The digital future is bright—the future is complex. And it nags on executives’ confidence. The new currency of expertise is having an overview.
Technology has penetrated almost every corner of the business. For the most part, that’s great news. What do customers want? What’s the most profitable sales channel? Which half of our marketing money is being wasted? Thanks to technology, we can now figure it out.
Business technology has virtually exploded. Digital expert Scott Brinker’s first Marketing Technology Landscapechart in 2011, for example, featured around 150 solutions. It’s now at more than 5,000.
At recent Dmexco, one of the largest digital marketing conferences, I found it impossible to get my head around the thousands of digital solutions on display. It was a zoo – or a massive party (however you want to look at it).
Business leaders aren’t the only ones witnessing the technology ‘big bang’. Harvard Business Reviewrecently listed the top 10 coming medical innovations, including regenerative and genetic medicine, surgical robots and virtual visits. A consultation room without a computer is now inconceivable in many developed countries.
Derailing the expert mind
Technology has a profound negative impact on leaders’ confidence. I recently did a little experiment. During my last conference workshops, I showed Scott Brinker’s technology chart and then asked the people in the room: “For you personally, are these new tools good or bad news?”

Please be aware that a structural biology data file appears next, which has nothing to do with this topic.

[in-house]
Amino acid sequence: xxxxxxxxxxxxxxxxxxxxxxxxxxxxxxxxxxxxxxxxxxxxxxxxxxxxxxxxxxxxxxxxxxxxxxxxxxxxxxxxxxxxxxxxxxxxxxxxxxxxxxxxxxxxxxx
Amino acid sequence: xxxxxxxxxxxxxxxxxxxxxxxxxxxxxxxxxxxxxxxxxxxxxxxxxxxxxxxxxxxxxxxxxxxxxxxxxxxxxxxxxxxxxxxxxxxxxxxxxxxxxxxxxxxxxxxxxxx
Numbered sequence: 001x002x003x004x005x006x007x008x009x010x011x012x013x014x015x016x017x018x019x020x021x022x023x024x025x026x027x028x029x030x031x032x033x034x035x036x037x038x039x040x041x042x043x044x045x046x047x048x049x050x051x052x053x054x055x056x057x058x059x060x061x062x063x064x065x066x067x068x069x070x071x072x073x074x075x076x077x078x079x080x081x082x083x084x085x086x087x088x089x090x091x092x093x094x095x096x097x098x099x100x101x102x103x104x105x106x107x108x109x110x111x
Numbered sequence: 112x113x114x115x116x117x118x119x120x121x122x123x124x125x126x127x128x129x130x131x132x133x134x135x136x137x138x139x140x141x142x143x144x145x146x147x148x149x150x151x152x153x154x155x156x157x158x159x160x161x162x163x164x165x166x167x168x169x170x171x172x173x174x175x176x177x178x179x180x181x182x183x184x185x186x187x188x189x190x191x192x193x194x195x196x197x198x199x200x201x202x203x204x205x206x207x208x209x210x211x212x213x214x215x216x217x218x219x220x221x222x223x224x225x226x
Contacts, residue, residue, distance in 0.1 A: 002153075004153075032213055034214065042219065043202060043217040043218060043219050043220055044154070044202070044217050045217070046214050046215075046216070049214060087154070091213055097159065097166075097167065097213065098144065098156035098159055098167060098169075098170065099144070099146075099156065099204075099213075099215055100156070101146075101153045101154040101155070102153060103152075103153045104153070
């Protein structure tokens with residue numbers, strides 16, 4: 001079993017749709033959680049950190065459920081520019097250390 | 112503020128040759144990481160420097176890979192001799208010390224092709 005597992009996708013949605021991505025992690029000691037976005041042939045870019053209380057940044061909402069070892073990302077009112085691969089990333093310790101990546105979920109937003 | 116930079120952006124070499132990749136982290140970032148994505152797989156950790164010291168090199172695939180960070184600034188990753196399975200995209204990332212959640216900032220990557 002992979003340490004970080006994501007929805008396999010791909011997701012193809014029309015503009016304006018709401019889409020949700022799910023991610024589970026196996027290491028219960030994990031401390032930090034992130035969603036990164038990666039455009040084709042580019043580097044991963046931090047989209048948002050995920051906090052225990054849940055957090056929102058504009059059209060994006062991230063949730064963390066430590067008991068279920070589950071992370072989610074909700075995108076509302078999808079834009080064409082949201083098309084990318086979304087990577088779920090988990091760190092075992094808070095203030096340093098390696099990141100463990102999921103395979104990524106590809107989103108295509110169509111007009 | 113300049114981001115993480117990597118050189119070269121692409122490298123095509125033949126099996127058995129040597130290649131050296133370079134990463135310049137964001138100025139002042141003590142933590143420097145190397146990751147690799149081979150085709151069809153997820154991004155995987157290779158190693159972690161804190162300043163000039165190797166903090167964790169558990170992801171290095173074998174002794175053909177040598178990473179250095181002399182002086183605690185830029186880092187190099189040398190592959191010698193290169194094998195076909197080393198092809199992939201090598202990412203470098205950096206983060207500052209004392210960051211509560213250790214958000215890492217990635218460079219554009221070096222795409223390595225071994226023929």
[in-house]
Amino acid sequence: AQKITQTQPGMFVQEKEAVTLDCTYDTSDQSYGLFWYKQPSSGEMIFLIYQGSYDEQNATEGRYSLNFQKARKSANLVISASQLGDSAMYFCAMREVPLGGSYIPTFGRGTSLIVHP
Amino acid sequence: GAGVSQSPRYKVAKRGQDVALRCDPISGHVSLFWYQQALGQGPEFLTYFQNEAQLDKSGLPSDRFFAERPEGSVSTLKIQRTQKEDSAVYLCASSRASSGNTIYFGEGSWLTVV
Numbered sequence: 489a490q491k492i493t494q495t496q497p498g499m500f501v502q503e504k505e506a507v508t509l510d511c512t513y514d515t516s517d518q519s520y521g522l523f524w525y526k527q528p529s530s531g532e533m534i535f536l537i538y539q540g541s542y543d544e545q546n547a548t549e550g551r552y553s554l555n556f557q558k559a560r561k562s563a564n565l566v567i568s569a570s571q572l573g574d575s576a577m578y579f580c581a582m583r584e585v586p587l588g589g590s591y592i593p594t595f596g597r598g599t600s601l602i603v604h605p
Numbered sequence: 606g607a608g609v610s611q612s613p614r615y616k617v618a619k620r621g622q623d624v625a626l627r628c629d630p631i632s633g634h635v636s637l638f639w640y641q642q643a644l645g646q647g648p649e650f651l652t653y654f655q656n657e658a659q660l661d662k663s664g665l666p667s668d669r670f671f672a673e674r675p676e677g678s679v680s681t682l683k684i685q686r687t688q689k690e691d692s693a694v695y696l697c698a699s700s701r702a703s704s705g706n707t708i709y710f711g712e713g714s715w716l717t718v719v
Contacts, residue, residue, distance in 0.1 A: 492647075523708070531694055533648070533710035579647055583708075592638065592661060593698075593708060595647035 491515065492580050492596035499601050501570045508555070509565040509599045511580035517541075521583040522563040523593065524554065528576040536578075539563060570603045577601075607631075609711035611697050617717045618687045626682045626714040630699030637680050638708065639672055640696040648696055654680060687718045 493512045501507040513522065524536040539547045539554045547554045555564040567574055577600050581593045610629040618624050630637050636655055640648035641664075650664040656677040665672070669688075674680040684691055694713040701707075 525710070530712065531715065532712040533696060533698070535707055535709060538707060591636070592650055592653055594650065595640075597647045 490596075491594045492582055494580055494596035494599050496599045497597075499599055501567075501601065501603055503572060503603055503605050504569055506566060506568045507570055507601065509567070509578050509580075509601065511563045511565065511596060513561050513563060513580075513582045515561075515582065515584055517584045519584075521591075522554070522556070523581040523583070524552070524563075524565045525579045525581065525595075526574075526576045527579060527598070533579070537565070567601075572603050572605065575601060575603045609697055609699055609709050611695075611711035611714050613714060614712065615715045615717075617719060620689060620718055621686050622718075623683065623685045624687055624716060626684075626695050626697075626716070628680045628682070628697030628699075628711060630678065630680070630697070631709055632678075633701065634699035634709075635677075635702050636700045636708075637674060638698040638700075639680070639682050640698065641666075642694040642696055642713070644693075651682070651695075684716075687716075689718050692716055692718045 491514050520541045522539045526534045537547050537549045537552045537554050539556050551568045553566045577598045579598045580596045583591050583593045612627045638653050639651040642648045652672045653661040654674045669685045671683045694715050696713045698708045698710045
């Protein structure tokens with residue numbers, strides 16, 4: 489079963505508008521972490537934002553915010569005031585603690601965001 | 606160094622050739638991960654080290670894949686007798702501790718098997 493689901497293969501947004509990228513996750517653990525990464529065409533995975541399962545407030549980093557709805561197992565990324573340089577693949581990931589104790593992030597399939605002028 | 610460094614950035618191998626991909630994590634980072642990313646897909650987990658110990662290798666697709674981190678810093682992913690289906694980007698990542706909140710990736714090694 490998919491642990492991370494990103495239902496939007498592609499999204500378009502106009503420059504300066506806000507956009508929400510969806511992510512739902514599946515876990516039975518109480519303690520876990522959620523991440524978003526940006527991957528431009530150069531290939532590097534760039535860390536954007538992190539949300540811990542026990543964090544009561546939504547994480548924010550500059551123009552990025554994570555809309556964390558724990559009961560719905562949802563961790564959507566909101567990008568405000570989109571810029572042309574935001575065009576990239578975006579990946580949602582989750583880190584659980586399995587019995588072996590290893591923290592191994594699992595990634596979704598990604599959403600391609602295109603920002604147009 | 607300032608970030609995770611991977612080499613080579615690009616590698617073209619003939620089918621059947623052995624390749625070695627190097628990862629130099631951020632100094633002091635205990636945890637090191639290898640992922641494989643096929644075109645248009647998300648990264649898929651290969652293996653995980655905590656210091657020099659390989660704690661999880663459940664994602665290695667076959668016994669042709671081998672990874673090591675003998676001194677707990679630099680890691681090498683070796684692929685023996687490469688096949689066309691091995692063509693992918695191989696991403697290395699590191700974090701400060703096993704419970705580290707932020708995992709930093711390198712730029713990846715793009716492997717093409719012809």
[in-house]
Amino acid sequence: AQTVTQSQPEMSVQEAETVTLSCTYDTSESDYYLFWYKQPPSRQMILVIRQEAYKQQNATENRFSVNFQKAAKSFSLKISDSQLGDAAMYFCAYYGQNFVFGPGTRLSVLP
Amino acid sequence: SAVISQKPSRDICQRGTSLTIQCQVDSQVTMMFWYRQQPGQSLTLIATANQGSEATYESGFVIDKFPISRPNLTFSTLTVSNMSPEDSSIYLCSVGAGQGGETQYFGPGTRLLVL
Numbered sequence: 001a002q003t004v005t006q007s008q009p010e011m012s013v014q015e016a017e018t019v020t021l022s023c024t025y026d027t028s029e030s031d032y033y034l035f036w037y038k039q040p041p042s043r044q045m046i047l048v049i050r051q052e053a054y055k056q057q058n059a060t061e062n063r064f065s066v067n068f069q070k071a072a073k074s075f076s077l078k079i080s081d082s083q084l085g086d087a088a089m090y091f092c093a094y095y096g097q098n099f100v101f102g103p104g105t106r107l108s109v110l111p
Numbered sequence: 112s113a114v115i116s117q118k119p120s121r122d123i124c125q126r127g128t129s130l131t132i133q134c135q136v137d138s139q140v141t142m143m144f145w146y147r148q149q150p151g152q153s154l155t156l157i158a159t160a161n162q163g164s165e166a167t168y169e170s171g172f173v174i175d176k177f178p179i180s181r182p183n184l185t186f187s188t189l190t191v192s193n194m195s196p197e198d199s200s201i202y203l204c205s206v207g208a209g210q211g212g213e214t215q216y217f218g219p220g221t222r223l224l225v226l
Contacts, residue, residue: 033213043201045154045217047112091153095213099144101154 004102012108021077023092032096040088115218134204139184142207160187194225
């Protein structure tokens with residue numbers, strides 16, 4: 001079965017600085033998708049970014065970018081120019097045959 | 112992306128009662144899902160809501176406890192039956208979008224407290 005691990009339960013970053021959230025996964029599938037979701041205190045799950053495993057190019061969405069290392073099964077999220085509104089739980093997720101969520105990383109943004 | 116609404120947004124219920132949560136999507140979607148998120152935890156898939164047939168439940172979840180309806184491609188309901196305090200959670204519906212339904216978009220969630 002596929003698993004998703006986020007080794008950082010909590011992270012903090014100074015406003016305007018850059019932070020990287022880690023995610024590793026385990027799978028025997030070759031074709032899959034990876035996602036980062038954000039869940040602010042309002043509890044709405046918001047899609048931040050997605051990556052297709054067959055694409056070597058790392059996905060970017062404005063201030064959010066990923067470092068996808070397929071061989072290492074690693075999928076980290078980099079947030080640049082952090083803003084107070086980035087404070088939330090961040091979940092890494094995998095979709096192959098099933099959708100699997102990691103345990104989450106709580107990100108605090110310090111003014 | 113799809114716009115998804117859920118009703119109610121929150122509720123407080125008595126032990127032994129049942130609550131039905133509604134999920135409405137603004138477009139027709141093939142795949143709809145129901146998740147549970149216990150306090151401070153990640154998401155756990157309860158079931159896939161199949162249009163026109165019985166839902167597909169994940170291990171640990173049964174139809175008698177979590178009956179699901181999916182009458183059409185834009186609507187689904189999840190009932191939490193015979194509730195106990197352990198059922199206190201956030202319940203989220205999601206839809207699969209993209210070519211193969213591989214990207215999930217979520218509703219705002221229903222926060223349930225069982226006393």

The results were striking. Every single time I asked, the majority voted for bad news. When I asked why, many people said that things have got too complex. Some even admitted they’ve lost trust in their own skills and question their competence.
This loss of confidence isn’t surprising, especially for experts. Take marketing: in many firms, marketing is a specialised role like HR or finance and marketers get hired because of their expertise in, say, branding, pricing or advertising. People give experts problems to solve and great experts come up with the right answer.
But suddenly, something’s changing: thousands of digital tools and technologies have come on the scene – more than any executive could ever grasp. Many experts don’t have all the answers. Not any more. And for someone who’s used to having all the answers, not knowing can be pretty disturbing.
As a result, many leaders are feeling the fear: “Am I still good enough? Will I ever learn the new skills? Have I got the right team?” If that’s you, you are in the company of millions of professionals who suddenly feel behind the curve.
First off, let’s accept most executives today feel a similar unease when it comes to technology – a bit insecure, perhaps frightened at times. By the way, it’s not an age thing. True, some people have grown up with the internet and know all Snapchat’s tricks. But ‘digital native’ doesn’t equal ‘digital business leader’. In fact, most young leaders have no clue how to profitably deploy technology for the business. The pressure is high for everybody.